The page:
Lawyer Pleads Guilty to Attack on Law Firm Partner — Alecia Schmuhl has pleaded guilty in the vicious 2014 attack on Leo Fisher and his wife Susan Duncan. Prosecutors say Schmuhl and her husband took the couple hostage, slit Fisher’s throat and stabbed Duncan as part of a revenge plot after she was fired by Fisher from the Arlington-based firm of Bean Kinney & Korman. Fisher and Duncan survived the attack. [Washington Post]
Nominations Open for James B. Hunter Award — Arlington County is accepting nominees for the 2016 James B. Hunter Award. The award, named after a former Arlington County Board member, “goes to individuals, community groups, non-profit organizations and business establishments that promote cultural diversity and equal rights for all residents.” [Arlington County]
Photo courtesy Billy Buck
Bin 1700, a restaurant and lounge inside the Crystal Gateway Marriott (1700 Jefferson Davis Hwy) in Crystal City, is currently undergoing renovations.
Numerous workers could be seen working inside the demolished and under-construction space Thursday afternoon.
It’s unclear what exactly will be replacing the restaurant, though county permits indicate that the work is part of a larger interior renovation of the hotel’s lobby, common areas, hallways and rooms.
Bin 1700’s only two Yelp reviews describe a fairly middle-of-the-road restaurant that primarily served hotel guests.
For years, visitors to our country’s most recognizable military monument have had but one nearby option should they need to use the restroom: a line of green porta-potties.
The porta-potties near the Marine Corps War Memorial in Arlington might be convenient, but they were also “unsightly and they smelled,” says Rep. Don Beyer (D-Va.). Plus, they presented big challenges for disabled veterans visiting the memorial.
Luckily, the local philanthropist David Rubenstein stepped up last year with a pledge of $5.4 million to rehab the monument, the lighting and the landscaping around the 62-year-old monument, colloquially known as the Iwo Jima memorial. Rubenstein’s gift will now also fund permanent restrooms.
A bill sponsored by Beyer passed last week, authorizing the construction of the restrooms. The bill had bipartisan support, although its passage came a year after Rubenstein’s donation was first announced and it was made necessary by a provision that stemmed from a debate over the location of the Air Force Memorial 14 years ago.
“It’s a small victory but it moves us in the right direction,” Beyer said.
Amid congressional gridlock on important issues like the budget, immigration and gun safety, Beyer said there is still plenty of work getting done in Congress — provided the work is politically uncontroversial.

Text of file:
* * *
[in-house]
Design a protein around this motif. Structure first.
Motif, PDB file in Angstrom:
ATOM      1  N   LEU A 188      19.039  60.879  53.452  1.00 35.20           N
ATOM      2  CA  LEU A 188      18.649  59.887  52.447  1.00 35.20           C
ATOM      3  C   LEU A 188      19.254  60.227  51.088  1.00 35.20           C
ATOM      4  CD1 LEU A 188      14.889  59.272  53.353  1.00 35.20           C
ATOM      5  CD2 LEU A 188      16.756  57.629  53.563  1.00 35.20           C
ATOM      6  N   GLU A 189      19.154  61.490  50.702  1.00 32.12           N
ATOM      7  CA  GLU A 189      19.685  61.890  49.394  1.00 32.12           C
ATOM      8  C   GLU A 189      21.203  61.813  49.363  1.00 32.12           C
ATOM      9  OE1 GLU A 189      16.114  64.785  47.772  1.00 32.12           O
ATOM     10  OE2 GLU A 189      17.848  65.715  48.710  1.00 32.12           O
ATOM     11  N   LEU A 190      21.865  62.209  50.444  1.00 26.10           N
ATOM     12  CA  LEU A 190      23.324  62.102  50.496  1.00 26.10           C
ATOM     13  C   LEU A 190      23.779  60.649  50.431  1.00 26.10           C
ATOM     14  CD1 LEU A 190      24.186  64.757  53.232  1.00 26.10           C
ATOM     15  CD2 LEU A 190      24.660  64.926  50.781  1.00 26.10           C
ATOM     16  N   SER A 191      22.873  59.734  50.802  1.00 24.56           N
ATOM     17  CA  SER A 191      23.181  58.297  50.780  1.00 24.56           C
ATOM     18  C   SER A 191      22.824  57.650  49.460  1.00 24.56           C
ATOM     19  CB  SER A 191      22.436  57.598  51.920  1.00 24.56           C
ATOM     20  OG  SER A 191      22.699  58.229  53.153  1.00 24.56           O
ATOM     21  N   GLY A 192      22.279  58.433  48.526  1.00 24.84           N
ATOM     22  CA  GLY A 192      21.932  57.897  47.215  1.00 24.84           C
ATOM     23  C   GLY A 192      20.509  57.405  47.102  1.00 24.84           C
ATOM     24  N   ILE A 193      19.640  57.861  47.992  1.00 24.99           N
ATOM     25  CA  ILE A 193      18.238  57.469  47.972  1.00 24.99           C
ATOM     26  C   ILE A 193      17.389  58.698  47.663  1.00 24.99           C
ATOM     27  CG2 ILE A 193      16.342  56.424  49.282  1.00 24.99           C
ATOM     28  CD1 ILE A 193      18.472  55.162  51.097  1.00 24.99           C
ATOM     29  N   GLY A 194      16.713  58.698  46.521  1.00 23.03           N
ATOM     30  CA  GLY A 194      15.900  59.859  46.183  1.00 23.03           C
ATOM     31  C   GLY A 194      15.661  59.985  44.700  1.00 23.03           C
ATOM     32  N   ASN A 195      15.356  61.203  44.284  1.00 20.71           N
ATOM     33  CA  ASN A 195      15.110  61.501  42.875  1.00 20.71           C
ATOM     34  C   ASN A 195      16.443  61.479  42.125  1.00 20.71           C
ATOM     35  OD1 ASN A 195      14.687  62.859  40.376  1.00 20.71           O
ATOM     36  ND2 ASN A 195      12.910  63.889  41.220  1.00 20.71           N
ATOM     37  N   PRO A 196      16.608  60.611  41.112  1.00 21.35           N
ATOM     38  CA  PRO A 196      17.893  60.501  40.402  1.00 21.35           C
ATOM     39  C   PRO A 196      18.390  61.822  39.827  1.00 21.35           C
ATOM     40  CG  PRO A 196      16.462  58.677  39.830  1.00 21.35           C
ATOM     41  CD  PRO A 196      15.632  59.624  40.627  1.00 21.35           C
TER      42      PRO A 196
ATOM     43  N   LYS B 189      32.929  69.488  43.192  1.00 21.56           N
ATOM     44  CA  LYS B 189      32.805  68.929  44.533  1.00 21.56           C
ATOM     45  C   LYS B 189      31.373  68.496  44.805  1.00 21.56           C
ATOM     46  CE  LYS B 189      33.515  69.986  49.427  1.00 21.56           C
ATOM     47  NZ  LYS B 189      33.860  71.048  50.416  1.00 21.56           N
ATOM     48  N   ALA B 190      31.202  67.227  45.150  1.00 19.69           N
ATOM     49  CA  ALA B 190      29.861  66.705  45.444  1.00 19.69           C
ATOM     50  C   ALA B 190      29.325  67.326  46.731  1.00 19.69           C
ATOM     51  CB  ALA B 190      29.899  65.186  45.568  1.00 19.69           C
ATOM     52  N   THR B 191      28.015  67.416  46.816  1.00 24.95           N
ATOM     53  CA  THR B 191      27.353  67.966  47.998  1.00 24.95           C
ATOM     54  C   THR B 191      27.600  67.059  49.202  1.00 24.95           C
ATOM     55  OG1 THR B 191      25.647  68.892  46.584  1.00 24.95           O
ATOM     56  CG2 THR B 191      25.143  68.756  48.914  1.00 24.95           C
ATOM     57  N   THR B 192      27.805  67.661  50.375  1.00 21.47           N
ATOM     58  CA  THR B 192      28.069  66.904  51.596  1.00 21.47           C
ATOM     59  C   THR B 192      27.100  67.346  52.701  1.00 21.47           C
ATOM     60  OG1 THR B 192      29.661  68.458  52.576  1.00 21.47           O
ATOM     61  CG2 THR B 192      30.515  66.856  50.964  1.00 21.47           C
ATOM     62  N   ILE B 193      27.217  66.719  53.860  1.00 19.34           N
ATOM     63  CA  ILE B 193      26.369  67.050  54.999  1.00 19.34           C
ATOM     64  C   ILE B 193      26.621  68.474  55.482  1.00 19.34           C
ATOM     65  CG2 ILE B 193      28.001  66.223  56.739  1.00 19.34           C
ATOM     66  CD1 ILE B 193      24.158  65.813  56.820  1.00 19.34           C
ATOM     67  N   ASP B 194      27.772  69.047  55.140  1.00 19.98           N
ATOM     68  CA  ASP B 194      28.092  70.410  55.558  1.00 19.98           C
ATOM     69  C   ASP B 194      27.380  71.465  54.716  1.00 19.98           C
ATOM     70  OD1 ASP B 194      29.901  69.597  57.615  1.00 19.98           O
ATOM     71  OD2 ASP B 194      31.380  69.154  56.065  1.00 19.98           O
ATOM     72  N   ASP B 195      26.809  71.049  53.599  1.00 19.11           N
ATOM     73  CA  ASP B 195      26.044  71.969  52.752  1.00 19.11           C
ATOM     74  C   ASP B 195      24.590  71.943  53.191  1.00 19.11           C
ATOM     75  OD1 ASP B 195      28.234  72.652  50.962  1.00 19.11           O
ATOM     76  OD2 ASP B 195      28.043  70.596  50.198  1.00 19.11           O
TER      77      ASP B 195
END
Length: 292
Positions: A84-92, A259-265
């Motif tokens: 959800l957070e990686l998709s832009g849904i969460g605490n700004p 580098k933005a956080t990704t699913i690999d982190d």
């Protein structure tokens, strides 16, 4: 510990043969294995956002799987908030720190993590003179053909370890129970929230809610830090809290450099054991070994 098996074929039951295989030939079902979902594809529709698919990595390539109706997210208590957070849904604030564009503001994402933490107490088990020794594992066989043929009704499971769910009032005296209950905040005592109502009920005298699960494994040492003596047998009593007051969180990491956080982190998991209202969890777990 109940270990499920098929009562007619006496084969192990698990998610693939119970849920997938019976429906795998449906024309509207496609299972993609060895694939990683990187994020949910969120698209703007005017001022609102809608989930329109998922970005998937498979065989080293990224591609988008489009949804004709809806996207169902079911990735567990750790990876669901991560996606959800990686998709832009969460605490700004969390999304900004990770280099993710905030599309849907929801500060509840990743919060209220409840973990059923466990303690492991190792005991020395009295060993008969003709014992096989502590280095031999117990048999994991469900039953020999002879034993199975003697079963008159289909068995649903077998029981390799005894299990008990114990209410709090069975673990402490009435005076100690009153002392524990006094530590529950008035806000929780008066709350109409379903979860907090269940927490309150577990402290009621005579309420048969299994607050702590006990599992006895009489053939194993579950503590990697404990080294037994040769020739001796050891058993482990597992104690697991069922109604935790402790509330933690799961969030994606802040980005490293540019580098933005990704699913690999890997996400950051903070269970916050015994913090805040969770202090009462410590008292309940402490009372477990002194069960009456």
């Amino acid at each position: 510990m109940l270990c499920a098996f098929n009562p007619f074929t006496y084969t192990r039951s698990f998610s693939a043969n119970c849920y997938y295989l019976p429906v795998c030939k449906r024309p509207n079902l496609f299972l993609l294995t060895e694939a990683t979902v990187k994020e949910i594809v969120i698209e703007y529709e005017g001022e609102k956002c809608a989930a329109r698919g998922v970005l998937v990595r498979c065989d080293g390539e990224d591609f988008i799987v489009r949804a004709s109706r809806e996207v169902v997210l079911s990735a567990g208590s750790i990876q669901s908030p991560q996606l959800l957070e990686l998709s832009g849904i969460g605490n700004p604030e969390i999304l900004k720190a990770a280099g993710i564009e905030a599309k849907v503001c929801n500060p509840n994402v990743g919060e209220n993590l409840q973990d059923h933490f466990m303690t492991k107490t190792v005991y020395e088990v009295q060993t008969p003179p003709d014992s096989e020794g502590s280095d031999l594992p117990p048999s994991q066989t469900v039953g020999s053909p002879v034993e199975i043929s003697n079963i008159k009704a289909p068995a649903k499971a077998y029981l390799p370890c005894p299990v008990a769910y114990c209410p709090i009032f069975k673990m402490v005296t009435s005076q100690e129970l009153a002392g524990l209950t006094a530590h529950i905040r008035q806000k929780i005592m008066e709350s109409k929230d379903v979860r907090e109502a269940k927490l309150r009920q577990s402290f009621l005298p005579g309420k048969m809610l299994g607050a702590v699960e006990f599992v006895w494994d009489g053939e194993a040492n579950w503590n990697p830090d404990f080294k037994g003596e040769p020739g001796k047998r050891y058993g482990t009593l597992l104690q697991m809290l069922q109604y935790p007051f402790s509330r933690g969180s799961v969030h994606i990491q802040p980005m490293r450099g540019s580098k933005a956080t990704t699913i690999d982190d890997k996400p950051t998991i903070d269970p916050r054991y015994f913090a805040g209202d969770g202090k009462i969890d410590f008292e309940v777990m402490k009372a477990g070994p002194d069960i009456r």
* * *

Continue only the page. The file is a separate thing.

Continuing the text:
“There are places where we really can’t get things done,” said Beyer. “But those are all places where there are significant philosophical differences between Democrats and Republicans. On things where there is consensus, we can actually move pretty quickly.”
But the fact that this pretty obvious improvement is getting done mostly because a billionaire ponied up for it may make a larger point about the current state of American governance and budget priorities.
“We’re fortunate to have the David Rubensteins of the world,” said Beyer, “but it is sad that we can’t free up more money for investments in public infrastructure.”
Beyer cited figures that suggest the U.S. is $3 trillion behind on needed infrastructure work due to deferred maintenance. The U.S. Park Service alone has $11 billion in infrastructure needs, including the funding still needed for repairs to Memorial Bridge.
For needs not deemed essential enough to receive taxpayer funding, private donations may be the only way to get it done in the near term.
“Until we get our arms around entitlement reform, finding ways to grow our discretionary resources for things like infrastructure, we’re going to be dependent on good folks like David Rubenstein,” Beyer said.
Though Beyer said he had not seen a timetable yet, he expects that the Iwo Jima improvements will take at least 12-18 months to complete.
“Arlington is a wonderful place to live — it gets all these awards for best suburb or best small city — and hopefully getting rid of the porta-potties at the Iwo Jima memorial will be another small step in improving the livability of Arlington.”
Photo (below) via Google Maps
The Apple Store in the Pentagon City mall has announced that it will be closing for renovations starting on Sunday, Sept. 25.
“We’re making the Apple Store you love even lovelier,” the announcement says.
Meanwhile, the Clarendon Apple Store remains closed due to renovations and no reopening date has been announced. The renovations may have been hampered by a large electrical fire at the Market Common Clarendon shopping center.
The new iPhone 7 launches this coming Friday, Sept. 16, leaving only 9 days to get one before the Pentagon City store shuts its doors. Other Apple Store locations in the D.C. area include Georgetown, Tysons Corner and Bethesda.
Update at 9:30 a.m. — A number of readers have said that they’ve received emails or had conversations with employees at other Apple stores indicating that the Clarendon store will reopen on or around Sept. 24. The store’s website and phone number still does not list an opening date, and no opening date was posted on the store’s exterior on Monday.
The Harris Teeter at the Lee-Harrison shopping center is currently being remodeled.
The supermarket is adding a full-service wine bar, an expanded salad bar, a “cheese island” with hot pizza options, American and Asian hot bars, a breakfast bar and more.
Harris Teeter sent the following email to customers this week, discussing its plans for the store.
Dear Valued e-VIC Member,